The first hour after the onset of heart attack is called the golden hour. This concept is extremely important to understand because most deaths and cardiac arrests occur during this period. However, if the person reaches hospital and gets treated within this period s/he can expect near-complete recovery.
Follow the three important steps
- Recognise the symptoms
- Call for help immediately
- Reach the hospital promptly.
Watch out for these signs
- Heaviness or pressure over the chest while at rest or minimal exertion, associated with restlessness, perspiration, radiation of pain to jaw, back, left arm.
- Breathlessness without any chest discomfort, especially in diabetics.
- Abdominal pain and bloating are usually acidity-related problems, but if the symptoms are more than usual in severity or are associated with other symptoms, take them seriously.
Heart attack is caused when a clot completely blocks a blood vessel in the heart. The primary aim is to get rid of this clot as soon as possible; otherwise, that part of the heart dies.
Even if there is a slight suspicion that the symptoms could be of a heart attack, chew a 300/325mg of aspirin tablet immediately; it helps dissolve the clot. Once you are at the hospital, the doctors will try to get rid of the clot, either with the help of a very powerful clot buster medicine [thrombolytic medicines] or with a procedure called primary angioplasty.
Although both modalities have advantages and disadvantages, primary angioplasty is the preferred therapy in most scenarios. Apart from this, other supportive therapy also gets initiated simultaneously.
- Always keep the contact numbers of ambulances and nearby hospitals stored in you cell phone, so that you can call them in case of need.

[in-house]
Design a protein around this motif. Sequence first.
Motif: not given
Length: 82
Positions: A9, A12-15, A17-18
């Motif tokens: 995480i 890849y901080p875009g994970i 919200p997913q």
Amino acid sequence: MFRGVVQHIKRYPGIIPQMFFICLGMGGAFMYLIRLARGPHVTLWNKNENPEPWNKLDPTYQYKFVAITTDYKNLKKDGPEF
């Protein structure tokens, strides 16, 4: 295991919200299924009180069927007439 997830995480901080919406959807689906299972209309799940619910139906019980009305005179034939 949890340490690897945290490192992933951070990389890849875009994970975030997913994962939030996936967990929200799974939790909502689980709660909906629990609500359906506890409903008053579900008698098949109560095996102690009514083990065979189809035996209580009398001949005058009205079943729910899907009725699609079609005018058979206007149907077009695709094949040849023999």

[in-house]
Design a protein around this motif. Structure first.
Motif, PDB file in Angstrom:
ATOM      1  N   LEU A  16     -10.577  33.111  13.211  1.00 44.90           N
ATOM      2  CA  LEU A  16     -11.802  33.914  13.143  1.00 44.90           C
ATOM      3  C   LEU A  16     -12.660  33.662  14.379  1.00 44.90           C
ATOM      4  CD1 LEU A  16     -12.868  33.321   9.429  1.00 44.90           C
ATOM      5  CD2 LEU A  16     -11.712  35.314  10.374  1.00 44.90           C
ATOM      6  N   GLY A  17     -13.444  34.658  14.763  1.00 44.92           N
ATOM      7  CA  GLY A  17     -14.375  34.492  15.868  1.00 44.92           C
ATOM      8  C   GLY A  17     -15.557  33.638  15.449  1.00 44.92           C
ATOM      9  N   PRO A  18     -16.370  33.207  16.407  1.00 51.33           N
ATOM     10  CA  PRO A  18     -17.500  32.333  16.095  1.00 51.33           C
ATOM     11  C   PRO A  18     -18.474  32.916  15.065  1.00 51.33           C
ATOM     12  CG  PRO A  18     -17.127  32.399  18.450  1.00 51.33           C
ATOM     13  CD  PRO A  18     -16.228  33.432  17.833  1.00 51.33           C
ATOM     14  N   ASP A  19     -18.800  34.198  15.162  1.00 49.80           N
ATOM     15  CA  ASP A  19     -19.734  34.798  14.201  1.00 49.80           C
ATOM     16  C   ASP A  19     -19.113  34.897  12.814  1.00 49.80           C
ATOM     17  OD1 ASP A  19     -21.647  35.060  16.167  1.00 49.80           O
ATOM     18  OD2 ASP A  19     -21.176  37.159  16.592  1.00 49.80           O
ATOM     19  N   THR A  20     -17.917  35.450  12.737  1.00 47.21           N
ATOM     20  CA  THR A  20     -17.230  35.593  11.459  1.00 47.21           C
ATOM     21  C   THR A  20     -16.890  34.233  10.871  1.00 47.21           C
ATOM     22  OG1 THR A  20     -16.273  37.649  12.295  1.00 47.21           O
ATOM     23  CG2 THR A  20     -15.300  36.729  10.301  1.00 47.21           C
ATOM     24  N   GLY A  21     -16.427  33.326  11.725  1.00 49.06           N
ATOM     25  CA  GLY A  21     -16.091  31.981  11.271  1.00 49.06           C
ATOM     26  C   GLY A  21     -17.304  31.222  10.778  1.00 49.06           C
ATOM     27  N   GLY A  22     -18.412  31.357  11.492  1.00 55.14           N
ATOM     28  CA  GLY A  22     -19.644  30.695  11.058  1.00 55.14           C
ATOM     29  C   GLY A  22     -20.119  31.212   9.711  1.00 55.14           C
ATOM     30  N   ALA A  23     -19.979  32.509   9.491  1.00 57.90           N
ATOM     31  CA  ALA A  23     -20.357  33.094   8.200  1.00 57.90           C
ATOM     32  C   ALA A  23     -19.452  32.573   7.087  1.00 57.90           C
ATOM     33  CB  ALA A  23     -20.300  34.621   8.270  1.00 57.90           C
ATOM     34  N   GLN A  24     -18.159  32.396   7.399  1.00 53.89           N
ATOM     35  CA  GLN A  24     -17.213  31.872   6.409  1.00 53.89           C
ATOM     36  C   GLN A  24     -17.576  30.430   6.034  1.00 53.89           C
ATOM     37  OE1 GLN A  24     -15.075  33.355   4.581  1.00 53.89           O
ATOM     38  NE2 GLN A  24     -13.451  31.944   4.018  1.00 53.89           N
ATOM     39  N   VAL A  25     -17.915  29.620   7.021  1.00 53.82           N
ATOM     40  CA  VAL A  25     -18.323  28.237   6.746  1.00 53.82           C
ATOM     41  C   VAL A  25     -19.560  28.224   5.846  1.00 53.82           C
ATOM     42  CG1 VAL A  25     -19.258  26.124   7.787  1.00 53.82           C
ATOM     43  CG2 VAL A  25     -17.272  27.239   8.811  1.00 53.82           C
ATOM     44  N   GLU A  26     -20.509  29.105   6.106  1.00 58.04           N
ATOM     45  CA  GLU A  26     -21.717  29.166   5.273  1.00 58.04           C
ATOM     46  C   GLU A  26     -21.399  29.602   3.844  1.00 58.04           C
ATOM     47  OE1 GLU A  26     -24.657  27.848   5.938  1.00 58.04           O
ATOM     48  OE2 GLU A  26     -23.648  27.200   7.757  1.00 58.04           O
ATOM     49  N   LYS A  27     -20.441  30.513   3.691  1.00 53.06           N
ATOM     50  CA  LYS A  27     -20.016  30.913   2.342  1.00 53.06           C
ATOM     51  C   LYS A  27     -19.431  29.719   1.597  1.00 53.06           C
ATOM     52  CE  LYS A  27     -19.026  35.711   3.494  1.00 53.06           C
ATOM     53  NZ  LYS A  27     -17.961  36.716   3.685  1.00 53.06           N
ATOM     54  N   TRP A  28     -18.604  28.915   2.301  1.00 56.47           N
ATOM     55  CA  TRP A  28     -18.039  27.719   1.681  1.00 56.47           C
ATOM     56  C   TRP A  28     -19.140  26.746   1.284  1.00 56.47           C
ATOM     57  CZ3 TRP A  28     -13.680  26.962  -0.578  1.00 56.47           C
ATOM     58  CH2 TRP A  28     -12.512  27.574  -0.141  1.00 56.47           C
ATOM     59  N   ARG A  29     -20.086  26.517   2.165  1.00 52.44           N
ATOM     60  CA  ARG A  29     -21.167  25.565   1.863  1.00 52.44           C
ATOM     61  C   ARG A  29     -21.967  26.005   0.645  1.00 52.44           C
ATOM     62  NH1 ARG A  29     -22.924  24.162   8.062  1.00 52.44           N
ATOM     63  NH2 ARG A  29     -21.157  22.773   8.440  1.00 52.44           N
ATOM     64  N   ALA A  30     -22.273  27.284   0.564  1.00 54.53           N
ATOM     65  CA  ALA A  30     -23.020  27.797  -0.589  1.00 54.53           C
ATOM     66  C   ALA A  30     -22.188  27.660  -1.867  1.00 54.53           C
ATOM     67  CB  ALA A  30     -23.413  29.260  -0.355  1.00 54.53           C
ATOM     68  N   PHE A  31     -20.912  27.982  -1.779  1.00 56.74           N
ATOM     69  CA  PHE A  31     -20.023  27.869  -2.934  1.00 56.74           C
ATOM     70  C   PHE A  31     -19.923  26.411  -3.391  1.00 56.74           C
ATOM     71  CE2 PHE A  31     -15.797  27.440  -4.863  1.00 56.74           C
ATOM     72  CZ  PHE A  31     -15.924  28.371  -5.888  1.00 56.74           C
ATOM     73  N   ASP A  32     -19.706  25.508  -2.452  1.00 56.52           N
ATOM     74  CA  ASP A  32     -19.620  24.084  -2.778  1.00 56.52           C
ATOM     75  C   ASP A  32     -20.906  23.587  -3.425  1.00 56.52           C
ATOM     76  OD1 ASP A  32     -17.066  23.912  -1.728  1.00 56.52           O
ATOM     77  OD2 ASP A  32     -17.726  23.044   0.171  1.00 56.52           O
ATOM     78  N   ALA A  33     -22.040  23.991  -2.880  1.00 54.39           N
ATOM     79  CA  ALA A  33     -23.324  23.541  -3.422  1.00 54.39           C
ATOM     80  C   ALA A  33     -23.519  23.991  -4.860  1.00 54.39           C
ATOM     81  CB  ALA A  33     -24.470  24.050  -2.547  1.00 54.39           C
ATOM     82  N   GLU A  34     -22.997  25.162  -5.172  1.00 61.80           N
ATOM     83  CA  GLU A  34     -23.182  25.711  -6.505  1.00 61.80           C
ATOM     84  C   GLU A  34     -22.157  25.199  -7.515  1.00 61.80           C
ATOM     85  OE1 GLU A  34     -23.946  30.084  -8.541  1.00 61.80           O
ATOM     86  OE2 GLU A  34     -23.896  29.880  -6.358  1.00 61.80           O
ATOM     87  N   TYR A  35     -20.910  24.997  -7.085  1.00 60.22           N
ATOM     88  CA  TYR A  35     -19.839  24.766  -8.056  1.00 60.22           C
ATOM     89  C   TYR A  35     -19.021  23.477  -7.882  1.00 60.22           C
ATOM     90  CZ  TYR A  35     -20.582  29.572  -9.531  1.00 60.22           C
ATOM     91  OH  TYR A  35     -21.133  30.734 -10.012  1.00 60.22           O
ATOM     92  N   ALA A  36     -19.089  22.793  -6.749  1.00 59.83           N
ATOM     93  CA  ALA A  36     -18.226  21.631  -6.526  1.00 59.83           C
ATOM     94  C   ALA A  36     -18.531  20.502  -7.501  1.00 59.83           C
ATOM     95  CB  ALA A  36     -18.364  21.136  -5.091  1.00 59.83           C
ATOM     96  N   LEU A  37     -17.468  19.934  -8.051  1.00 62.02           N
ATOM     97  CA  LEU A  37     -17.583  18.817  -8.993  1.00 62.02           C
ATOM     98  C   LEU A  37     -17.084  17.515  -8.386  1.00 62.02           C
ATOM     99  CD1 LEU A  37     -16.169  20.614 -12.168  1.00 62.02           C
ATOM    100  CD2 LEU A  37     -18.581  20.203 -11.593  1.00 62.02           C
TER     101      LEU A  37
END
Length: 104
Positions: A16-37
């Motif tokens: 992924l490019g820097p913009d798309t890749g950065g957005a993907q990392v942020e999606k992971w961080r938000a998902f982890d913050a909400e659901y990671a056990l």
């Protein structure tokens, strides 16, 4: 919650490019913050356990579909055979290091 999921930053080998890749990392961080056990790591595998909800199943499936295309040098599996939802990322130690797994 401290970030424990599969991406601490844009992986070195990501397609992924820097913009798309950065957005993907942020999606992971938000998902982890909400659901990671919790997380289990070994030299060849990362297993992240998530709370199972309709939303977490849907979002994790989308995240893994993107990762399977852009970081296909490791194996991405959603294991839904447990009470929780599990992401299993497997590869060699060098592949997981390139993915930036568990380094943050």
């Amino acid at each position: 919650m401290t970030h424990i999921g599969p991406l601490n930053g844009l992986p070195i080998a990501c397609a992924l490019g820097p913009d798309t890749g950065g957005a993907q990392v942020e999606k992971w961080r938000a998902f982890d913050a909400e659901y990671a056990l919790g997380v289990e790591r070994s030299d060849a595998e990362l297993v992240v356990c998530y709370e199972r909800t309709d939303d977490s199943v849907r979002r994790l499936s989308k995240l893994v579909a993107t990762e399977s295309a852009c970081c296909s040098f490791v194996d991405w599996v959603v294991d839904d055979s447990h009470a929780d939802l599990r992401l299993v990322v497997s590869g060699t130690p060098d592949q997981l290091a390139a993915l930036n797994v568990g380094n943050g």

- Try to reach the nearest hospital as early as possible rather than waste time in travelling to a hospital of your choice, which may be far away.
- Call the hospital helpline; certain hospitals provide facilities that allow you to communicate with the cardiologist on phone so that the system can be activated even before the patient reaches the hospital.
Prevent the attack
It’s always best to prevent such an event from happening. For that, leading a heart healthy life style is important. All the risk factors for heart disease [like high blood pressure, diabetes, high cholesterol, obesity, sedentary lifestyle] are silent killers as they do not produce uncomfortable symptoms and are hence neglected by most of us. Getting yourself checked by an expert cardiologist at regular intervals is critical.
What to do if a person suddenly collapses?
Follow these pointers diligently:
- Make the patient lie down on his/her back immediately
- Listen to the heart beat by keeping your ear over the chest
- Check if the person is breathing by keeping your finger near persons’ nose to feel the breath. If the patient is not breathing, start giving chest compression and intermittent mouth-to-mouth respiration if possible
- Call for an ambulance and shift the patient to a nearby hospital.
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